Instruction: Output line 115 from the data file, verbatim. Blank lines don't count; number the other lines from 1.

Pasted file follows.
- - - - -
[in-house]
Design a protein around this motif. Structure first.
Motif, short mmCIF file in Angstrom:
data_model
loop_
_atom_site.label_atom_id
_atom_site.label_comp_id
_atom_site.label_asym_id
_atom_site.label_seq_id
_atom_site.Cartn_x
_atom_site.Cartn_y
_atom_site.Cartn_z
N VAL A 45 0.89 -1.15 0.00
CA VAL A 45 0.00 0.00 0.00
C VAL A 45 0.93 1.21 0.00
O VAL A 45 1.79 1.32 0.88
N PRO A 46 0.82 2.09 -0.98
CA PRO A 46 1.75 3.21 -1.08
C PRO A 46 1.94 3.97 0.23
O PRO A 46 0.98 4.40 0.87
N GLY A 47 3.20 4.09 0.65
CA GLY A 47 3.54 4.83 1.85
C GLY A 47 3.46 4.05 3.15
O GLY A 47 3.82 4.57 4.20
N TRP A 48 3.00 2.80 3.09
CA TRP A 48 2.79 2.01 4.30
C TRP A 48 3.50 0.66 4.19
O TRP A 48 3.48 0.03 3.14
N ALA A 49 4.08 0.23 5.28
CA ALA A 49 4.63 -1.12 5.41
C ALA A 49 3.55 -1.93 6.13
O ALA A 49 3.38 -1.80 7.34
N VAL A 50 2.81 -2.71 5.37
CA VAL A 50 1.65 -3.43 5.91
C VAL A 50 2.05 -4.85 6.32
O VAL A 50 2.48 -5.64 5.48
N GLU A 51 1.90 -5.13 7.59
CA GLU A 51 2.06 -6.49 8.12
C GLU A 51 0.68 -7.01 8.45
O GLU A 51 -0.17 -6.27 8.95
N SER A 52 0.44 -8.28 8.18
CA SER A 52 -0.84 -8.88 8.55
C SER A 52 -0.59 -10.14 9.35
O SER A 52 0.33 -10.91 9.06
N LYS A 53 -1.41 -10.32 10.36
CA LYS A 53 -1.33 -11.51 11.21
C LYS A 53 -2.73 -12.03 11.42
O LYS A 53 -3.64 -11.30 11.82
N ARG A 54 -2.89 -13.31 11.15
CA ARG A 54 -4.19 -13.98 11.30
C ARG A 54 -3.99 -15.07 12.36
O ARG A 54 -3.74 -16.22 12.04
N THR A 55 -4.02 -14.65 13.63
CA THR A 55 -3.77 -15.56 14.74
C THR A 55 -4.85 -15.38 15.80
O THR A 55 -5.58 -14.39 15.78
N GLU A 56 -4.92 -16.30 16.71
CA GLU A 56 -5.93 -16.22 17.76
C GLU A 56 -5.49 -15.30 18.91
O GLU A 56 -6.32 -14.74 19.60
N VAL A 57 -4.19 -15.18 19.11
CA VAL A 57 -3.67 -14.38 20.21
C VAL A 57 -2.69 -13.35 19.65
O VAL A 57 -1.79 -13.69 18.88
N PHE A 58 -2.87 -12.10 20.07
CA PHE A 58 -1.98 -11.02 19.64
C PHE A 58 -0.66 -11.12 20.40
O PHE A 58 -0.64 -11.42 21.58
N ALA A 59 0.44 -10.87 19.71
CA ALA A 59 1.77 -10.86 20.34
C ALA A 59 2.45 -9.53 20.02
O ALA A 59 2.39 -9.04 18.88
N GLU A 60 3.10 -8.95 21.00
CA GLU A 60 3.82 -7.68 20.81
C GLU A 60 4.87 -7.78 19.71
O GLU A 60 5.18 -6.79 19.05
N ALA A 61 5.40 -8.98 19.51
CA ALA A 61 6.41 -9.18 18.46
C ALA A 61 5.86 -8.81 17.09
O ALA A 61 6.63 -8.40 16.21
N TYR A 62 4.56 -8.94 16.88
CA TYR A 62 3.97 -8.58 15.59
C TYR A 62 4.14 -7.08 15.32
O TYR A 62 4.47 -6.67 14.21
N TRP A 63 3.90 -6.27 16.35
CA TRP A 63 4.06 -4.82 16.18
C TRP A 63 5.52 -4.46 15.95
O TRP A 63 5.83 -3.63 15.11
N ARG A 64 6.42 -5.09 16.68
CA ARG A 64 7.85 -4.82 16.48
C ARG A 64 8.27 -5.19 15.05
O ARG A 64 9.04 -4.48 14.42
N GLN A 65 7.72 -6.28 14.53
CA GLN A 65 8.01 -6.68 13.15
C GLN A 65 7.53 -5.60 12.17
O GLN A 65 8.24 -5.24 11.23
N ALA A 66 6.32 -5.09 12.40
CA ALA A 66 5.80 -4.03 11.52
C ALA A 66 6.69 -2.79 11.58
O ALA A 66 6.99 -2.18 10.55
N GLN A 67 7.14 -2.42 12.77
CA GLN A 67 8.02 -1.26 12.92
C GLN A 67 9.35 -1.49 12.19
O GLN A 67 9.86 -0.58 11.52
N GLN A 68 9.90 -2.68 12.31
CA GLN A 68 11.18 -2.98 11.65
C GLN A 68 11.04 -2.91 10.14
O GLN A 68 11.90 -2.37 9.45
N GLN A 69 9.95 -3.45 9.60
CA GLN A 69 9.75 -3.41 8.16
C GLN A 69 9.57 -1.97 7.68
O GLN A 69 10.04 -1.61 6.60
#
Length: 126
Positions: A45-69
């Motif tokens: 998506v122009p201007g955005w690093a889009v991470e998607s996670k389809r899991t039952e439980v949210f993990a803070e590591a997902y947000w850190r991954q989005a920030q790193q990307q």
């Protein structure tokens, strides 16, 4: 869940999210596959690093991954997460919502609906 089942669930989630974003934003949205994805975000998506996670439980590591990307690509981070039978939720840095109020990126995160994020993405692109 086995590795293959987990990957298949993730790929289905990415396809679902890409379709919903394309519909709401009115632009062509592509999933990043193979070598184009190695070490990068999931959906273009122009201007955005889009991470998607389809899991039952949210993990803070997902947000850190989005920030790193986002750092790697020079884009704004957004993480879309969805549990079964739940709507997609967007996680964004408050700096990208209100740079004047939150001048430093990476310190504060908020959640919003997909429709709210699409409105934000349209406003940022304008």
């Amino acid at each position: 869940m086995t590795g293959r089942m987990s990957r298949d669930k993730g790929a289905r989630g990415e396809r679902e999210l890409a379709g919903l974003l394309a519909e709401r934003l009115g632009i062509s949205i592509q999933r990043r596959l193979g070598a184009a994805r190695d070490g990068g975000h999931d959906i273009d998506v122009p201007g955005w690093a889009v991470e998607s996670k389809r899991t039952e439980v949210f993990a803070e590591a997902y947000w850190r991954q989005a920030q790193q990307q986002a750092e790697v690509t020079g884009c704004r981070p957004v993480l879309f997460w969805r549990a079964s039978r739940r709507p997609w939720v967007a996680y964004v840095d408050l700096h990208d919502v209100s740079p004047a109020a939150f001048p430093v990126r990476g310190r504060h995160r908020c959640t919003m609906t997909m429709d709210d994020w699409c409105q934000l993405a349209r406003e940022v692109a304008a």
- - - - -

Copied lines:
Positions: A45-69